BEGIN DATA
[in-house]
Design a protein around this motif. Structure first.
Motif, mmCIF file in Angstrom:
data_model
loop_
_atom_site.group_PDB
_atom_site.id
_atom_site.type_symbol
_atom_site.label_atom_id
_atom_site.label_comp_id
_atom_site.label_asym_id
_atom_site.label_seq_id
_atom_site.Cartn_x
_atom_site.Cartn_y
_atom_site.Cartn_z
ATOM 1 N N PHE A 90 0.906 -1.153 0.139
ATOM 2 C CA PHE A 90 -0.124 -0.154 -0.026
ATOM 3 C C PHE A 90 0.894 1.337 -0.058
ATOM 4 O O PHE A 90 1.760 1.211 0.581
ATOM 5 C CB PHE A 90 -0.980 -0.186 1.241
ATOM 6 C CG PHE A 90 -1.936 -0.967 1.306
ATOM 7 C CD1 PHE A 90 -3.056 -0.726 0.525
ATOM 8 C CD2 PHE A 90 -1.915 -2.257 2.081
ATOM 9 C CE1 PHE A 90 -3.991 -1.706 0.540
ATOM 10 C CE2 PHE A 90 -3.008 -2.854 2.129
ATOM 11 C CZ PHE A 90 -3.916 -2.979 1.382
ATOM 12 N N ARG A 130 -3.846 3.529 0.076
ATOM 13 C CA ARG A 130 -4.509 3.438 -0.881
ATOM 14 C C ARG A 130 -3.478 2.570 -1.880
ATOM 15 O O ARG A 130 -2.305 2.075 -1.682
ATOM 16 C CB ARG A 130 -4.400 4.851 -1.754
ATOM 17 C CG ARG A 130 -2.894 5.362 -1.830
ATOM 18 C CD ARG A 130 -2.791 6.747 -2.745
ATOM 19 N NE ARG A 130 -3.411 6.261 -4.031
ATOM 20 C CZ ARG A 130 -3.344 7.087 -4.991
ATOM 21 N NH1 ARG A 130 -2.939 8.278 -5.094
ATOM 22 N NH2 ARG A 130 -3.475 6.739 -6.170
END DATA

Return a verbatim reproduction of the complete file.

[in-house]
Design a protein around this motif. Structure first.
Motif, mmCIF file in Angstrom:
data_model
loop_
_atom_site.group_PDB
_atom_site.id
_atom_site.type_symbol
_atom_site.label_atom_id
_atom_site.label_comp_id
_atom_site.label_asym_id
_atom_site.label_seq_id
_atom_site.Cartn_x
_atom_site.Cartn_y
_atom_site.Cartn_z
ATOM 1 N N PHE A 90 0.906 -1.153 0.139
ATOM 2 C CA PHE A 90 -0.124 -0.154 -0.026
ATOM 3 C C PHE A 90 0.894 1.337 -0.058
ATOM 4 O O PHE A 90 1.760 1.211 0.581
ATOM 5 C CB PHE A 90 -0.980 -0.186 1.241
ATOM 6 C CG PHE A 90 -1.936 -0.967 1.306
ATOM 7 C CD1 PHE A 90 -3.056 -0.726 0.525
ATOM 8 C CD2 PHE A 90 -1.915 -2.257 2.081
ATOM 9 C CE1 PHE A 90 -3.991 -1.706 0.540
ATOM 10 C CE2 PHE A 90 -3.008 -2.854 2.129
ATOM 11 C CZ PHE A 90 -3.916 -2.979 1.382
ATOM 12 N N ARG A 130 -3.846 3.529 0.076
ATOM 13 C CA ARG A 130 -4.509 3.438 -0.881
ATOM 14 C C ARG A 130 -3.478 2.570 -1.880
ATOM 15 O O ARG A 130 -2.305 2.075 -1.682
ATOM 16 C CB ARG A 130 -4.400 4.851 -1.754
ATOM 17 C CG ARG A 130 -2.894 5.362 -1.830
ATOM 18 C CD ARG A 130 -2.791 6.747 -2.745
ATOM 19 N NE ARG A 130 -3.411 6.261 -4.031
ATOM 20 C CZ ARG A 130 -3.344 7.087 -4.991
ATOM 21 N NH1 ARG A 130 -2.939 8.278 -5.094
ATOM 22 N NH2 ARG A 130 -3.475 6.739 -6.170